In liner notes for her latest album, Taylor Swift is addressing critics who scrutinized her love life.
The pop star, whose Friday release of “1989 (Taylor’s Version)” adds to her rerecording journey, wrote that she “decided to completely reinvent” herself at 24 years old before describing how she felt facing comments from the public and media over her relationships.
“The voices that had begun to shame me in new ways for dating like a normal young woman? I wanted to silence them,” Swift wrote.
“You see — in the years preceding this, I had become the target of slut shaming — the intensity and relentlessness of which would be criticized and called out if it happened today. The jokes about my amount of boyfriends. The trivialization of my songwriting as if it were a predatory act of a boy crazy psychopath. The media co-signing of this narrative. I had to make it stop because it was starting to really hurt.”
Swift, who typically keeps mum on her relationships in public, has previously taken aim at detractors for going after her romantic pursuits and her songwriting.
She told Rolling Stone in 2014 that people “watching my dating life has become a bit of a national pastime.”
“I don’t like seeing slide shows of guys I’ve apparently dated. I don’t like giving comedians the opportunity to make jokes about me at awards shows. I don’t like it when headlines read ‘Careful, Bro, She’ll Write a Song About You,’ because it trivializes my work,” she said at the time.
“And most of all, I don’t like how all these factors add up to build the pressure so high in a new relationship that it gets snuffed out before it even has a chance to start. And so ... I just don’t date.”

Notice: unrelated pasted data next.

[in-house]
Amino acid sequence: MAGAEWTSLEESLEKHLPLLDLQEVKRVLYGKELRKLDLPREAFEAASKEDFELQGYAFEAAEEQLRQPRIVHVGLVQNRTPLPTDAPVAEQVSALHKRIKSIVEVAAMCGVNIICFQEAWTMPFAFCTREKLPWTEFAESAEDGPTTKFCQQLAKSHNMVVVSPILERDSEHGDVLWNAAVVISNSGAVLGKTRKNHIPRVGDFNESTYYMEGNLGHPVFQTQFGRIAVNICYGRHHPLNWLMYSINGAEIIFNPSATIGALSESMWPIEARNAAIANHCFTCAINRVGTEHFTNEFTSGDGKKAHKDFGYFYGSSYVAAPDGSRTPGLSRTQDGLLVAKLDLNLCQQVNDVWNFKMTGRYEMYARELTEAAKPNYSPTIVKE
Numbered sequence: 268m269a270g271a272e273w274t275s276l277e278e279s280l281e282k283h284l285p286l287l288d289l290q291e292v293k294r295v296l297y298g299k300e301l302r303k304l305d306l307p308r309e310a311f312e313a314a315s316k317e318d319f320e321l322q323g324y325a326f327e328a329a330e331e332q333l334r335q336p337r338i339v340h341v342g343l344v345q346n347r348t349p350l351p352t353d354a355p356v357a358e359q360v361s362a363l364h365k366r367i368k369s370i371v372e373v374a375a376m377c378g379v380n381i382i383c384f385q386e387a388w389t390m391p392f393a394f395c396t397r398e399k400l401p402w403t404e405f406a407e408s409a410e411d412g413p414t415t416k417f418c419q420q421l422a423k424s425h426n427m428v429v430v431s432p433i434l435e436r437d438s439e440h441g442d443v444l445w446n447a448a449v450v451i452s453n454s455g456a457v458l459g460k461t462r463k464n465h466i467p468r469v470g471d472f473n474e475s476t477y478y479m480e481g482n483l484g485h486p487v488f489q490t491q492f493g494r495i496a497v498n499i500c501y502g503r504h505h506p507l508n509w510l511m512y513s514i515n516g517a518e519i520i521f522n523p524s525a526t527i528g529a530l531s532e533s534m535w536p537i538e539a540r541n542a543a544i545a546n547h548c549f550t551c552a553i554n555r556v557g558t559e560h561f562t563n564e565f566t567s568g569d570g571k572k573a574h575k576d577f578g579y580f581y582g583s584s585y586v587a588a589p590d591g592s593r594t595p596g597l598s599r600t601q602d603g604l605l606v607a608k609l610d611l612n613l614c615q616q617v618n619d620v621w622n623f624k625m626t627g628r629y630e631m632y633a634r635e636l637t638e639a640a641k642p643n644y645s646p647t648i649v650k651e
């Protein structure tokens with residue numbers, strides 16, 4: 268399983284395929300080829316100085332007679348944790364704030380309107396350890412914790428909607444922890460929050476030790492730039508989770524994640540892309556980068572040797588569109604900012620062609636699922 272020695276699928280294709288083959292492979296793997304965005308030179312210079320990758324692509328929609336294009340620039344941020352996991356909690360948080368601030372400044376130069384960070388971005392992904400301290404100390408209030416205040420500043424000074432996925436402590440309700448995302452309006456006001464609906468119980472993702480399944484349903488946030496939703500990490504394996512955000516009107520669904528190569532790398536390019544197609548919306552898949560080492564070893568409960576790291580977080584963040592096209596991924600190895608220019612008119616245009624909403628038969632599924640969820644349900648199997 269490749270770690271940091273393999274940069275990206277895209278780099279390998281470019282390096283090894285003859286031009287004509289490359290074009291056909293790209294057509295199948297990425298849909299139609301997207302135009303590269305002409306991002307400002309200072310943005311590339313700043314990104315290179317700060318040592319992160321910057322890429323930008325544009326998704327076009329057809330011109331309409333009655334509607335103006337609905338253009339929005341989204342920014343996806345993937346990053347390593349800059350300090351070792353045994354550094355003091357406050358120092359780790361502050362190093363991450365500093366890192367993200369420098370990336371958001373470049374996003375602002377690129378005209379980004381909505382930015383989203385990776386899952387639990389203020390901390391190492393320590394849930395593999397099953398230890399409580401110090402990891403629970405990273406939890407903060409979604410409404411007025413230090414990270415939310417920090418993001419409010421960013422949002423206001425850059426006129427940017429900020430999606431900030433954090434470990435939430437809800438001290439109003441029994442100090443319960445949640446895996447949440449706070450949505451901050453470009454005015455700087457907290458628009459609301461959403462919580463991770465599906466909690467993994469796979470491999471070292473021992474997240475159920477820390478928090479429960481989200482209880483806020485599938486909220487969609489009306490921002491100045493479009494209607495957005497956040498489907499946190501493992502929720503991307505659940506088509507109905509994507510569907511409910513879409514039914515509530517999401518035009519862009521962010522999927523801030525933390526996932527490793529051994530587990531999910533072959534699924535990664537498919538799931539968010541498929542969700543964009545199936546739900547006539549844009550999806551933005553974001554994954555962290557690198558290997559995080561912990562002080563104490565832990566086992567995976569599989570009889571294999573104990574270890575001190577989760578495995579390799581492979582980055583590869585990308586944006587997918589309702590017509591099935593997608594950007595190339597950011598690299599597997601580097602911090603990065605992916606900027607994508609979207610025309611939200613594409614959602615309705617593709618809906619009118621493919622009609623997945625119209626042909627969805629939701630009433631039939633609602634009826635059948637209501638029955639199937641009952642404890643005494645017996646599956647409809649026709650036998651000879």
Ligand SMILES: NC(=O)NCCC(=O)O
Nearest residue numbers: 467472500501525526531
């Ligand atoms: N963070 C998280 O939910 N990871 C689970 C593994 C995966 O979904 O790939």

Taylor Swift’s prologue for #1989TaylorsVersion
“This moment is a reflection of the woods we’ve wandered through and all this love between us still glowing in the darkest dark.” pic.twitter.com/HGQDTPqKgo
— Taylor Swift Updates (@SwiftNYC) October 27, 2023
In this week’s liner notes, Swift wrote that she swore off doing “anything that could be weaponized against me by a culture that claimed to believe in liberating women but consistently treated me with the harsh moral codes of the Victorian Era.”
“If I only hung out with my female friends, people couldn’t sensationalize or sexualize that — right?” the singer wrote. “I would learn later on that people could and people would.”
She added that “everyone had something to say” about her behavior and acknowledged that “they always will” before referencing one of her most famous tunes.
“I learned lessons, paid prices, and tried to ... don’t say it ... don’t say it ... I’m sorry, I have to say it ... shake it off,” she wrote.
Read more of Swift’s “1989 (Taylor’s Version)” liner notes here.